The princess' mother was mortified by the course of events and she went to court to oppose the marriage. When this failed, she went home, mourned, and died of grief within three days. The mother's cousin is the evil enchanter-giant named Malambruno. Malumbruno avenged his cousin's death by turning the princess and knight into statuesque ornaments to decorate the mother's sepulcher. The princess is now a brass monkey and the knight is now a crocodile made of "an unknown metal." The giant has left a metal plate at the grave site indicating that the monkey and crocodile will remain as they are until the brave hero of La Mancha battles the giant. The countess and her duennas have also been cursed with hideous and permanent beards, to punish them for assisting the princess.
The hunt motif illustrates the relationship that the duke and duchess share with the people around them. The boar-hunt is a leisure activity that truly parallels the game that the duke and duchess play with Don Quixote. Traps are deliberately set; the animal is tortured and wounded - but not killed. Indeed, Don Quixote has been locked in a cage before. Here, the cage is the castle of the duke.
Of course, Don Quixote is so easy to hunt and cage because he has been caged and imprisoned by his own delusions. Don Quixote's delusions compose a system of images and symbols that have true meaning for him (for example: INN = CASTLE; Stranger-on-the-road = Next adventure; Distressed lover = comrade; WINDMILL = GIANT; SHEEP = WARRIORS). The logical system of Don Quixote's delusions is made so evident here in Book II by the fact that the duke and duchess know precisely how to deceive Quixote. The carts that roll by are full of demons, much as Don Quixote has come to expect. And the duke and duchess, though they have just learned of Montesinos, do not hesitate to incorporate Montesinos and his "prophecies" into their story.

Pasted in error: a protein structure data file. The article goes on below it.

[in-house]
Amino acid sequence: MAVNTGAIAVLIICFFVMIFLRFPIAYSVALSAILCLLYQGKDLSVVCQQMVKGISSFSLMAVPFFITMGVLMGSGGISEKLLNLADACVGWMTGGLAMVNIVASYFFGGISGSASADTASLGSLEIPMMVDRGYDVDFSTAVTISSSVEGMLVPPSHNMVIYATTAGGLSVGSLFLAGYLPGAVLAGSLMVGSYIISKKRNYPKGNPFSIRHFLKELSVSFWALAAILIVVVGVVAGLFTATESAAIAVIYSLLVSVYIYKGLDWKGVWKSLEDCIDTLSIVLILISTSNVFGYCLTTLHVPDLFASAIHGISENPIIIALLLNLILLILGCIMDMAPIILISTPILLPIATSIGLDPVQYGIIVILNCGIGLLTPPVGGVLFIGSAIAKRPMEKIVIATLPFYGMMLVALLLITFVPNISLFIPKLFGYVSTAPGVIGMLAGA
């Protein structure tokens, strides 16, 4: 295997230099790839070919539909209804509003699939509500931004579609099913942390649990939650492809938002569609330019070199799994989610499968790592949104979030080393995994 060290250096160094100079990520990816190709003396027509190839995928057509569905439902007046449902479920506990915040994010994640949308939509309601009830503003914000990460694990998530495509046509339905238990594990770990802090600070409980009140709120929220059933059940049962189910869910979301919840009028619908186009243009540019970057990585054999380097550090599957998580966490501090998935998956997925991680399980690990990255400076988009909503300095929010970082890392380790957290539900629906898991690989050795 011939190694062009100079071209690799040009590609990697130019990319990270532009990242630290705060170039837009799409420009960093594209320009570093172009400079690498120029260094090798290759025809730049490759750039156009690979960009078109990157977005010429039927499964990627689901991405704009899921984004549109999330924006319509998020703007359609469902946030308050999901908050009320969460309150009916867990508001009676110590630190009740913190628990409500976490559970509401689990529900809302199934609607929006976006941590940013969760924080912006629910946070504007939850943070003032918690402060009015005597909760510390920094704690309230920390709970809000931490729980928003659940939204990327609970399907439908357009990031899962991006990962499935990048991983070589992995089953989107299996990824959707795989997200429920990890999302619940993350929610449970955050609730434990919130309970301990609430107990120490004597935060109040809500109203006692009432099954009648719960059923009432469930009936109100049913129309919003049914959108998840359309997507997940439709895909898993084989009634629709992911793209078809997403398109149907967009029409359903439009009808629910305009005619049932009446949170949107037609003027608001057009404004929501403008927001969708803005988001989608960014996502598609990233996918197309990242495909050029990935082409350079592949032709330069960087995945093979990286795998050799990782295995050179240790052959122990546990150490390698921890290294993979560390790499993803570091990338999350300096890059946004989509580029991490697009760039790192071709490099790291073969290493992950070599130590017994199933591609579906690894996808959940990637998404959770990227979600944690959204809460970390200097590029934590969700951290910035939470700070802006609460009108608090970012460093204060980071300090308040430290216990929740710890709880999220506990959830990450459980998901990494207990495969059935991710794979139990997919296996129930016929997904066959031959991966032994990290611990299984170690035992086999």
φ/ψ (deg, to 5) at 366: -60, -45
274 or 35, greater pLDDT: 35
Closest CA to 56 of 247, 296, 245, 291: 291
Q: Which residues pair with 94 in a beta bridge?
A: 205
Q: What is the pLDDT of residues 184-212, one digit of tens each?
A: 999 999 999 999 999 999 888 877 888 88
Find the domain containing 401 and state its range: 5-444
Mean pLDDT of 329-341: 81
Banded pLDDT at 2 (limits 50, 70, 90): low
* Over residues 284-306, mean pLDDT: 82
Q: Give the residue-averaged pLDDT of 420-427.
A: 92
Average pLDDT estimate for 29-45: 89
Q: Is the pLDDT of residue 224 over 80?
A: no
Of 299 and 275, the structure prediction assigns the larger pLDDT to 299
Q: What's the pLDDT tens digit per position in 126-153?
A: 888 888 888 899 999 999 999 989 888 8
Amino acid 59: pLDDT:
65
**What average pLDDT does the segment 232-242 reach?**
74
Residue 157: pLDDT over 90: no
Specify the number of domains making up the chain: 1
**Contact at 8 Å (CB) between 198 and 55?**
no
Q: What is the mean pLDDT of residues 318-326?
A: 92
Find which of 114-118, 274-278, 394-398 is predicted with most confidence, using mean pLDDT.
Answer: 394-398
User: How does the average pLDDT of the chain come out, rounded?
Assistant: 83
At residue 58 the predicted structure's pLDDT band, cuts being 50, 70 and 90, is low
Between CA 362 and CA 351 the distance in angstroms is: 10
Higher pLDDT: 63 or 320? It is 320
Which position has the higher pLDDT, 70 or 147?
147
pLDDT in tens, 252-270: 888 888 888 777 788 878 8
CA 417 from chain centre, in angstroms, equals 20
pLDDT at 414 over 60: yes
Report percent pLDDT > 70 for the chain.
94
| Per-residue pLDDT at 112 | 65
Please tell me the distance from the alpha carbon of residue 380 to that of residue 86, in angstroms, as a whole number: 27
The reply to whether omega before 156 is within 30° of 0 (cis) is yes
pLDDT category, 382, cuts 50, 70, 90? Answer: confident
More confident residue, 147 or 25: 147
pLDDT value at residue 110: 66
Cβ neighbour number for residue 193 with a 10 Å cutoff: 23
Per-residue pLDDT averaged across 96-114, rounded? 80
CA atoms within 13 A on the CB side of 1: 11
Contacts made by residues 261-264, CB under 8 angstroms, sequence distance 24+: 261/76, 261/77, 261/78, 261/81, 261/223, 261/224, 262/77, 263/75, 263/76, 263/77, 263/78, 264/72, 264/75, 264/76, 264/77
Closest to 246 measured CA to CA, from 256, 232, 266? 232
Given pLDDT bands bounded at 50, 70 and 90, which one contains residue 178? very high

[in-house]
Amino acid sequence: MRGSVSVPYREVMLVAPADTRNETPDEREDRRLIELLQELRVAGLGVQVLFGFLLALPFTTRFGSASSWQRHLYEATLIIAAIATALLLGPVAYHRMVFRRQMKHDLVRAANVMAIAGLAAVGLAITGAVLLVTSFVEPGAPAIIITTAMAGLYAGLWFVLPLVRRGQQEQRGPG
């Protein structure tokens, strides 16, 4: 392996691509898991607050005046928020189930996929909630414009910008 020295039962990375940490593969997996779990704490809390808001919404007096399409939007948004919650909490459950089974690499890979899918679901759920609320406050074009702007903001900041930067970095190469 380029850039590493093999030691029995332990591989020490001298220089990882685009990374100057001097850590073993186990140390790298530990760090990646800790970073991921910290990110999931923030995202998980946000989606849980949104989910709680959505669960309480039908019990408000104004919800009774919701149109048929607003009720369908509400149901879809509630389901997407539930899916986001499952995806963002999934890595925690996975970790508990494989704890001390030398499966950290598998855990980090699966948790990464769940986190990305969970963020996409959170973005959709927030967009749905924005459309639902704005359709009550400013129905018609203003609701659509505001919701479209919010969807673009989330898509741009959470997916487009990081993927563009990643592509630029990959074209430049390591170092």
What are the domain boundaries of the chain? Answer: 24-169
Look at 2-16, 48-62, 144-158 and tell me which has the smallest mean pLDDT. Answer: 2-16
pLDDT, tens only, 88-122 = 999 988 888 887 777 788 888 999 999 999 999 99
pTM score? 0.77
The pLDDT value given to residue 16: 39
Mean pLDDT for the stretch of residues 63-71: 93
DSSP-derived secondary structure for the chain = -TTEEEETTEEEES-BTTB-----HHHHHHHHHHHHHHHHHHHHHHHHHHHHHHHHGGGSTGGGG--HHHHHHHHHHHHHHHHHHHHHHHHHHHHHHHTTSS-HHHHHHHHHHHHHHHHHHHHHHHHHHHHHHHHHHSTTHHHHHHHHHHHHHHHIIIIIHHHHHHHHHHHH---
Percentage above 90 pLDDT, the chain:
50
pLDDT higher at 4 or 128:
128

An irony in this section, then, is the fact that Quixote is both deluded and deceived. We would expect that if delusion is a form of self-deception, one cannot be deluded and deceived at the same time and by the same details. As it turns out, Don Quixote remains within his own "enchantment" and from within this enchantment, he works to "disenchant" Dulcinea: a woman who neither suffers enchantment nor even exists.
These devils and sages are merely costumed actors, like the other cart-wagon of devils that Quixote encountered earlier. The performance is full of signifiers that are intended to explain the identity of the actors. The devil is dressed as himself ( as we know what he looks like) and when the page-boy's Catholicism accidentally peeks through (in phrases like "Before God, and upon my conscience), Don Quixote and Sancho Panza are no less convinced that this devil isn't a devil at all. Likewise, the sages need merely announce their terrible names and say no more, allowing the drama of the scene to convince the audience of their (the actors') authenticity. Of course, Don Quixote isn't the toughest audience: recall his episode at Master Peter's puppet show in Book II, Chapter XXVI.
Don Quixote's purported "valor" is constructed as a parallel to the service that a saint or holy healer might perform. Trifaldi has already commenced a pilgrimage "on foot" to see Don Quixote from whom she seeks a miracle.
Foreshadowing Sancho Panza's incipient rule as governor, the story of the Countess Trifaldi continues the themes of nobility, natural rule and social hierarchy. Apparently, Trifaldi is both a countess and a duenna, which is essentially a maid-servant. Don Quixote argues that a Countess is a Countess, even if she serves as a duenna, for then she serves as a duenna to a social superior like a queen or empress. Moreover, the Countess surely has duennas in her own house.
There is a note of tragedy in the words of Doña Rodriguez, the duchess' servant. Commenting on the rigid social order and the lack of social mobility, Doña Rodriguez quietly says: "My lady duchess has duennas in her service, who might have been countesses, if fortune had pleased." The tragedy here is that the duchess, a wicked ruler, has been blessed by fortune. Besides this, Doña Rodriguez has no prospects of her own. Fortune and the entitlements of birth are certainly part of a society's idea of justice. The discussion of duennas is part of the prelude to Sancho's governorship - which will not be endangered by the Afflicted Matron.
The themes of translation and textual accuracy return when we learn that Malumbruno has placed a metal plate at the grave site. The plate was engraved in Syrian, translated first into the Candayan language, and then into Castilian.
As a parallel to his advocacy for Quiteria and Basilius, Don Quixote here again defends the rights of lovers. Don Quixote's adventures now center on the idea of undoing the unnatural reversals committed by evil, fate, and enchanters. The Countess, though debased as a duenna, may be elevated to higher honor. The brass monkey and crocodile can be "disenchanted" into their natural forms (princess, knight). At the same time, Don Quixote is unperturbed by his sudden transformation into a recognizable knight of renown or Sancho's transformation into a governor.